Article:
Armenian National Congress leader Levon Ter-Petrosian, in a speech to his supporters on Wednesday, said his party was ready—in principle—to recognize Serzh Sarkisian’s legitimacy if the president agreed to cooperate with his group on challenges facing Armenia. In his remarks, Ter-Petrosian also defended some aspects of Sarkisian’s policy on Armenia-Turkey relations and attacked the Armenian Revolutionary Federation and other “extreme nationalists” for their opposition to the protocols process.
Ter-Petrosian criticized the ARF for asserting that by signing the protocols the Sarkisian administration has relinquished its right to demand reparations and territorial claims resulting from the Genocide. Ter-Petrosian claimed that such a posturing has allowed Sarkisian to “present himself to the world as a realistic and resolute statesman worthy of the 21st century.”
The former president said that the principle of “historical rights” was unacceptable within the context of international relations and norms, adding that ARF’s positions, which he characterized as calling for “Turkey’s unconditional capitulation” are aimed at aborting the normalization process, which he said was extremely critical for Armenia.
Ter-Petrosian said he prefers the normalization to take place on the basis of mutual concessions and a display of good will, stressing that for his Armenian National Congress the only unacceptable provision of the protocols was the creation of a historical commission, which he said, will cast doubt on the veracity of the Genocide. He also explained that the commission would alienate the Diaspora, whose existence depends on the Genocide recognition issue. He added that it was “unfortunate” that the Diaspora was so focused on the Genocide issue, since he would prefer for the Diaspora to exert its energy on strengthening Armenia’s statehood.
Ter-Petrosian downplayed Sarkisian’s role in some of what the ARF and others have been criticizing him for and instead shifted the blame to Robert Kocharian, Vartan Oskanian and through his own distorted view of history he accused the ARF of relinquishing territorial claims by adhering to the Kars Treaty. Ter-Petrosian said that Sarkisian inherited the territorial issues, as well as the so-called “Madrid Principles,” on which the Karabakh peace process is based from his predecessors.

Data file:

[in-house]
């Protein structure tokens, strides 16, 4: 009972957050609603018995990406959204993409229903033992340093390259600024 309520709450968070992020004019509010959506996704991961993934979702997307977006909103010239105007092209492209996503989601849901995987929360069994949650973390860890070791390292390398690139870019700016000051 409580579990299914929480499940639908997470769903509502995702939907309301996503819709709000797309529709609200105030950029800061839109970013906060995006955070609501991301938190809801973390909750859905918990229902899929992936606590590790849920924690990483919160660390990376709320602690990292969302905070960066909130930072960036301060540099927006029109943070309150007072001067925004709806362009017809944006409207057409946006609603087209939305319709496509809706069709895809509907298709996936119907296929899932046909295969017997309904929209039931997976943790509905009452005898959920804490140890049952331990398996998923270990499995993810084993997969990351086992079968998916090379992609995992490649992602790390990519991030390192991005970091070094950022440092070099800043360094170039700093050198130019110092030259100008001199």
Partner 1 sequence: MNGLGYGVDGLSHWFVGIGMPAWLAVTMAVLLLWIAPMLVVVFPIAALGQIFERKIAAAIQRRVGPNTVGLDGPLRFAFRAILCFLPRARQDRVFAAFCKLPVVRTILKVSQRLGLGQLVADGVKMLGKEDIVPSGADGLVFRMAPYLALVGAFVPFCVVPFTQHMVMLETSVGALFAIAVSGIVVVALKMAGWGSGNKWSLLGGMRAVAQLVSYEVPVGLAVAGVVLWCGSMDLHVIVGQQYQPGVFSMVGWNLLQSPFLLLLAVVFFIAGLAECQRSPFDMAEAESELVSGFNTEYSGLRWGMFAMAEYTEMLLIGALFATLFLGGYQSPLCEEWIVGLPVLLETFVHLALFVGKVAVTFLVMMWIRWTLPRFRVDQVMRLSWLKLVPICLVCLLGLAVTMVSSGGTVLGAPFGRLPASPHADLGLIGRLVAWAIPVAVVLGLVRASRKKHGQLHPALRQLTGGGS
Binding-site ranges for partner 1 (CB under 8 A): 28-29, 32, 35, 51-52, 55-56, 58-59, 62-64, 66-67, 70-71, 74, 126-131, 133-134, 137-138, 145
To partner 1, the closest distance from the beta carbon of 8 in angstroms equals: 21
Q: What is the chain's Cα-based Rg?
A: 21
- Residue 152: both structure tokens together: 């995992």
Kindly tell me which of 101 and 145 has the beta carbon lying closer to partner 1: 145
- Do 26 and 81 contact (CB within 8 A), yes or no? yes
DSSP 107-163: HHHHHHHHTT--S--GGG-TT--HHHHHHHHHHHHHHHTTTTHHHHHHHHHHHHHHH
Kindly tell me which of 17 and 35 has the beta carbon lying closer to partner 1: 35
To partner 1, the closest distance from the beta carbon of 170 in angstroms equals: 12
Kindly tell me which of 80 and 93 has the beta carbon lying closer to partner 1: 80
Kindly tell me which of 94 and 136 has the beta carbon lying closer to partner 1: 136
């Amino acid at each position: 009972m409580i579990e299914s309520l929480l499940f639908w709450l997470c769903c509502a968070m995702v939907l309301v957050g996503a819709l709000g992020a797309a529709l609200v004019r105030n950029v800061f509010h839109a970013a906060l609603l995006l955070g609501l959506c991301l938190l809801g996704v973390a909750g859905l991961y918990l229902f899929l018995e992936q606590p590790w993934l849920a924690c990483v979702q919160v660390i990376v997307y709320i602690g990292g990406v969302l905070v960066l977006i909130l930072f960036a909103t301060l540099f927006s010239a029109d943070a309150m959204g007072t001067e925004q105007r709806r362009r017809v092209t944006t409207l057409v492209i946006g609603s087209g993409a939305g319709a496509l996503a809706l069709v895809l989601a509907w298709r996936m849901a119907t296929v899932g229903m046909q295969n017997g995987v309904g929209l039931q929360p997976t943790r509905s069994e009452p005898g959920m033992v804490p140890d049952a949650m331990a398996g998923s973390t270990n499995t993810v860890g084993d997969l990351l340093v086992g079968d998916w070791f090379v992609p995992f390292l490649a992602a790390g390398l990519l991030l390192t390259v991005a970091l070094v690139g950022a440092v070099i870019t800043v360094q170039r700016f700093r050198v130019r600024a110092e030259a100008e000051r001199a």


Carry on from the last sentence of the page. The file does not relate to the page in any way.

The former president reiterated his firm assertions that Sarkisian has made “unforgivable” concessions in order to gain support from the West, at a time when he lacked domestic legitimacy. While repeating his call for Sarkisian’s resignation, Ter-Petrosian signaled that it was not too late for Sarkisian to seek legitimacy by agreeing to cooperate with his forces.
Two top Armenian National Congress officials confirmed that Ter-Petrosian’s speech was, in fact, a call for cooperation.
The ARF’s political director Giro Manoyan on Thursday hit back at Ter-Petrosian saying his overtures to Sarkisian have displaced him as a top opposition leader.
Manoyan also said that Ter-Petrosian was willing to make a deal with his long-time adversary because he supports the defeatist protocols and sees no role for himself as an opposition force and is eager to ensure his survival in the political arena.
Perhaps his own accusation that Sarkisian’s concessions were made to secure legitimacy from the West is propelling his current stance, which he emphasized was the only genuine political assessment of the current situation in Armenia.
For a historian, Ter-Petrosian demonstrated quite a skewed grasp on historical facts beginning with his accusation that the ARF signed the Kars Treaty and concluding with his now militant opposition to the historical commission.
He seems to have forgotten that what led to his resignation was his willingness and readiness to relinquish land for a Western-backed peace deal for Karabakh. Who can forget his ill-conceived Meghri-Lachin land swap deal?
It’s glaringly evident that the person seeking legitimacy is Ter-Petrosian himself. His polarizing rhetoric, which contradicted his own presidential policies, has reached a dead end and he must now sit down with his former defense and interior minister Serzh Sarkisian to discuss what else but the Turkish-Armenia rapprochement, which was a focal point of his own failed policies, of course with the requisite vitriol directed at the ARF.